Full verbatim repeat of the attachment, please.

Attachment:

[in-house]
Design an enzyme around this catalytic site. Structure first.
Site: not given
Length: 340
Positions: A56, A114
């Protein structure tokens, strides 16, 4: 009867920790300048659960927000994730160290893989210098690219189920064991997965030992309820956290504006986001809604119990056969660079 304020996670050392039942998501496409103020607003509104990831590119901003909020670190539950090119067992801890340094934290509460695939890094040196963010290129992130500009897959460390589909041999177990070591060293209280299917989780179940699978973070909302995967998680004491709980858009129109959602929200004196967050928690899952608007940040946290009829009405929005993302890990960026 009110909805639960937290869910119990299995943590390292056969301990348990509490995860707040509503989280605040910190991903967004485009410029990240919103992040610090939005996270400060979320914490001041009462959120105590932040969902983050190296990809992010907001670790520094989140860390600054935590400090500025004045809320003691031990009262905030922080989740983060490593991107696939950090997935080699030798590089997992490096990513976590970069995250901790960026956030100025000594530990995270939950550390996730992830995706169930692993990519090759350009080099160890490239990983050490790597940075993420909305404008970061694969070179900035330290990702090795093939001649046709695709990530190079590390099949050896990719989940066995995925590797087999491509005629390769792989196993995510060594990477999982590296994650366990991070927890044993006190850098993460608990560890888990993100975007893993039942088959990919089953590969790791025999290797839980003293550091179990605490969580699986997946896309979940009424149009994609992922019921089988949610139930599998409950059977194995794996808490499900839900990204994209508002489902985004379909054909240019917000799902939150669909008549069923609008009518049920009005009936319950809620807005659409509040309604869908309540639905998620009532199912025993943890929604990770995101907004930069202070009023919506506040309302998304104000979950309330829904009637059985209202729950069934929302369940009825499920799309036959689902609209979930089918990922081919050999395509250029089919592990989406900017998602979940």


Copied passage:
[in-house]
Design an enzyme around this catalytic site. Structure first.
Site: not given
Length: 340
Positions: A56, A114
């Protein structure tokens, strides 16, 4: 009867920790300048659960927000994730160290893989210098690219189920064991997965030992309820956290504006986001809604119990056969660079 304020996670050392039942998501496409103020607003509104990831590119901003909020670190539950090119067992801890340094934290509460695939890094040196963010290129992130500009897959460390589909041999177990070591060293209280299917989780179940699978973070909302995967998680004491709980858009129109959602929200004196967050928690899952608007940040946290009829009405929005993302890990960026 009110909805639960937290869910119990299995943590390292056969301990348990509490995860707040509503989280605040910190991903967004485009410029990240919103992040610090939005996270400060979320914490001041009462959120105590932040969902983050190296990809992010907001670790520094989140860390600054935590400090500025004045809320003691031990009262905030922080989740983060490593991107696939950090997935080699030798590089997992490096990513976590970069995250901790960026956030100025000594530990995270939950550390996730992830995706169930692993990519090759350009080099160890490239990983050490790597940075993420909305404008970061694969070179900035330290990702090795093939001649046709695709990530190079590390099949050896990719989940066995995925590797087999491509005629390769792989196993995510060594990477999982590296994650366990991070927890044993006190850098993460608990560890888990993100975007893993039942088959990919089953590969790791025999290797839980003293550091179990605490969580699986997946896309979940009424149009994609992922019921089988949610139930599998409950059977194995794996808490499900839900990204994209508002489902985004379909054909240019917000799902939150669909008549069923609008009518049920009005009936319950809620807005659409509040309604869908309540639905998620009532199912025993943890929604990770995101907004930069202070009023919506506040309302998304104000979950309330829904009637059985209202729950069934929302369940009825499920799309036959689902609209979930089918990922081919050999395509250029089919592990989406900017998602979940």